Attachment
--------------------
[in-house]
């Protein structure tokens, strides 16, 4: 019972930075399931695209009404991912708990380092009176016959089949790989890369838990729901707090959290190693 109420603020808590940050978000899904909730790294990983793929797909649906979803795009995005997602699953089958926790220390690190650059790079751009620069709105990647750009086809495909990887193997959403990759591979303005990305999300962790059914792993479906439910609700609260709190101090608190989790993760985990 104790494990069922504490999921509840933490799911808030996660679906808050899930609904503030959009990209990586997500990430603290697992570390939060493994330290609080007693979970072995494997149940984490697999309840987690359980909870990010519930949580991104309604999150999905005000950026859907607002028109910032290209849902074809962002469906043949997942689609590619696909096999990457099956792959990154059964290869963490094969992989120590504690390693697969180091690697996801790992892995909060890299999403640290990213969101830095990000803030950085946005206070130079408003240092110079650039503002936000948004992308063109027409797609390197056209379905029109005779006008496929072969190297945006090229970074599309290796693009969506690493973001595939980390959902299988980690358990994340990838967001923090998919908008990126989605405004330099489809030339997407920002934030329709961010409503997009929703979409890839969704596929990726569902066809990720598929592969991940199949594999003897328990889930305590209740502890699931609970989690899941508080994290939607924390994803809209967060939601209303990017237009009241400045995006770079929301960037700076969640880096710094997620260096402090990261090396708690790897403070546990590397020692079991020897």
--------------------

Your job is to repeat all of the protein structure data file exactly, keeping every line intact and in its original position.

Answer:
[in-house]
């Protein structure tokens, strides 16, 4: 019972930075399931695209009404991912708990380092009176016959089949790989890369838990729901707090959290190693 109420603020808590940050978000899904909730790294990983793929797909649906979803795009995005997602699953089958926790220390690190650059790079751009620069709105990647750009086809495909990887193997959403990759591979303005990305999300962790059914792993479906439910609700609260709190101090608190989790993760985990 104790494990069922504490999921509840933490799911808030996660679906808050899930609904503030959009990209990586997500990430603290697992570390939060493994330290609080007693979970072995494997149940984490697999309840987690359980909870990010519930949580991104309604999150999905005000950026859907607002028109910032290209849902074809962002469906043949997942689609590619696909096999990457099956792959990154059964290869963490094969992989120590504690390693697969180091690697996801790992892995909060890299999403640290990213969101830095990000803030950085946005206070130079408003240092110079650039503002936000948004992308063109027409797609390197056209379905029109005779006008496929072969190297945006090229970074599309290796693009969506690493973001595939980390959902299988980690358990994340990838967001923090998919908008990126989605405004330099489809030339997407920002934030329709961010409503997009929703979409890839969704596929990726569902066809990720598929592969991940199949594999003897328990889930305590209740502890699931609970989690899941508080994290939607924390994803809209967060939601209303990017237009009241400045995006770079929301960037700076969640880096710094997620260096402090990261090396708690790897403070546990590397020692079991020897």